Both are off to raucous starts, and both are at risk of slowdowns.

Skinner’s generated a fantastic 16 points in 15 games, with nine of those points being goals on a shooting percentage of 18. Then again, maybe the universe is merely repaying Skinner for his unlucky shooting season in 2017-18, when he only connected on an 8.7 success rate? He’s really been all over the place during his career, suffering four seasons with a shooting percentage below the general shooter’s Mason-Dixon line of 10-percent.

Skinner’s long been a very effective player who sort of leaves you hoping for even more, so maybe he’ll put it together at the most lucrative time?

Pominville felt like a nostalgia-friendly addition (and an expensive deal to make the money work) in the trade that netted Marco Scandella, yet the veteran winger has 14 points in 15 games. His eight goals come from some luck, as he’s connected on a whopping 19.5-percent of his shots. He’s also done so with a miniscule ice time average of a mere 13:43 per game, actually down from his recent years of decline.

Both are likely to slip from point-per-game play over the long haul of 82 games, but that’s fine. In Skinner’s case, he could easily exceed his career-high of 63 points. Meanwhile, Pominville could very well show that he still has a place in the NHL, possibly as the full-time “third-best guy on a good line.”

(Another Pominville-like, veteran impact who falls a little short of the top of this list is Jason Spezza, who’s managed a helpful 10 points in 15 games despite limited minutes.)

Anders Lee, Islanders, 27, $3.75M

Hey, maybe Lee is good, not just John Tavares-enhanced?

Either way, it’s been an impressive start to 2018-19 for Lee, who presents an interesting conundrum for the shockingly fast-starting Islanders: do you take advantage of him being the “hot hand” or do you pencil him in as a core player?

Lee has 13 points in 14 games, and his 12.5 shooting percentage is actually below his career average of 14.5 (OK, that might be the Tavares effect).

Interestingly, Lee is succeeding despite being deployed in a resoundingly different way. He’s begun 59.2-percent of his shifts in the defensive zone, versus a career average of 45.1. Lee’s possession numbers aren’t the prettiest in every regard, yet they look rosier relative to his teammates.

Lee’s numbers might suffer if things really bottom out for the Islanders as this season goes along; while he’s not really riding inane puck luck, the Isles in many ways have been.

Still, it’s heartening to observe his start, whether you’re an Islanders exec pondering an extension or a team hoping to poach Lee.

Lightning round

  • Spezza: It sure seems like has a new lease on life unshackled from Hitch’s clutches.
  • Erik Karlsson and Jake Gardiner: These two defensemen are in interesting situations. Each are scoring at about a point-every-other-game pace, even though Karlsson hasn’t scored a goal and Gardiner has been limited to one. All three have the potential to go on red-hot streaks to up their value; all three will get paid nicely one way or another.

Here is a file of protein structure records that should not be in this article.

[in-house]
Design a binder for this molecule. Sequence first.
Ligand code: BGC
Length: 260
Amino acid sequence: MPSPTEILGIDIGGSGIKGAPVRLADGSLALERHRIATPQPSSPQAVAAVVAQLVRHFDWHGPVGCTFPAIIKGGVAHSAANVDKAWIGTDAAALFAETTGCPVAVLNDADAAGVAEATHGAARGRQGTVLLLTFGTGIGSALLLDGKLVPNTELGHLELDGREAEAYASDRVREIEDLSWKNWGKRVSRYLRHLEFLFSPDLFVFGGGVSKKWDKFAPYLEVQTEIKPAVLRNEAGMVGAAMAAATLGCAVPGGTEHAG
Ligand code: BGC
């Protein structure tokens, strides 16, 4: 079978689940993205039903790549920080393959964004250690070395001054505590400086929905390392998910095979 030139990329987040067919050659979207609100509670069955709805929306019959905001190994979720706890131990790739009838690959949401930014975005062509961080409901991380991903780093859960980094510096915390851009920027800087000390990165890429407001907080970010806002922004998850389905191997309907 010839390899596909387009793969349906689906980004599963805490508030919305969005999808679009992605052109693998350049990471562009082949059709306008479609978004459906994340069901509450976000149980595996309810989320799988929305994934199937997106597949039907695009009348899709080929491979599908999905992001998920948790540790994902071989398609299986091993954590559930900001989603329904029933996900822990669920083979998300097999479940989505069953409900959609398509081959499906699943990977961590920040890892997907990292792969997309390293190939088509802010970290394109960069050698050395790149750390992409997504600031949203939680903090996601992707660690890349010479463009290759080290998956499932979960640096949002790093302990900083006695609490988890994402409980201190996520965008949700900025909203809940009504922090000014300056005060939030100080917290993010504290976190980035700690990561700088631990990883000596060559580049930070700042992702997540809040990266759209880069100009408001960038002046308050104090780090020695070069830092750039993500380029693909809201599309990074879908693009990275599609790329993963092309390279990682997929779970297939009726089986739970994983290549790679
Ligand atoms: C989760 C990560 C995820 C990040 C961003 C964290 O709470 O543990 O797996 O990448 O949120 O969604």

• Jakob Silfverberg: Even at 27, it’s tough to tell if we’ve seen everything Silfverberg has to offer. Injuries diluted his totals, but his nine points are more impressive when limited to 11 games. He can’t expect to maintain a 21 shooting percentage, though.
  • Wayne Simmonds: So far, the intriguing winger has 10 points in 15 games. His value is tough to gauge, so his earning power may very well hinge on how 2018-19 shakes out.
  • Semyon Varlamov, Ryan Miller, Robin Lehner: Goalies who are having the strongest contract years so far, with Varlamov and Lehner playing bigger roles.
  • Keith Kinkaid, Jimmy Howard: Two goalies in very different situations, with very similar save percentages. A lot on the line for all of the goalies in UFA situations.
  • Bob, Mike Smith: Among the goalies penciled in as starters who are off to tough contract years. We’ll see if they can get back on track.

MORE: Your 2018-19 NHL on NBC TV schedule

James O’Brien is a writer for Pro Hockey Talk on NBC Sports. Drop him a line at phtblog@nbcsports.com or follow him on Twitter @cyclelikesedins.

The Buzzer: Capitals keep party going, Matthews starts strong

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Three Stars

1. Auston MatthewsWith a booming shot to tie the game up 1-1, Matthews made a compelling argument that he probably deserved more reps on the Maple Leafs’ power play unit all along. In overtime, Matthews took a great feed from Patrick Marleau and scored the overtime game-winner.

Matthews certainly wants to be more than this, but if an Austin Powers nickname doesn’t work (Ron Howard: “It doesn’t), then “Mr. Opening Night” could at least be a good placeholder for the American forward.

With a contract year providing that extra bit of human nature motivation, and hopefully a clean bill of health this season, Matthews could put together a truly massive 2018-19 season.

He’s already shown that he has a knack for making great first impression, as tonight’s two-goal performance inspires inevitable comparison to Matthews making NHL history with four goals in his first game. Sure, he scored half as many goals, yet the Maple Leafs won this time around.

Also, if you’re into this sort of thing: Matthews: 2, John Tavares: 1.

2. John GibsonOpening night featured quite a few similar performances for goalies. You could make a legitimate argument for any one of Frederik Andersen and Jacob Markstrom enjoyed very similar nights, propping up their teams during moments of duress.

Gibson justified his status as something of a critical darling with a night like this, largely stealing this game against a loaded Sharks team. He stopped 31 out of 33 shots, and both of San Jose’s goals were brilliant. It seemed like they needed to be.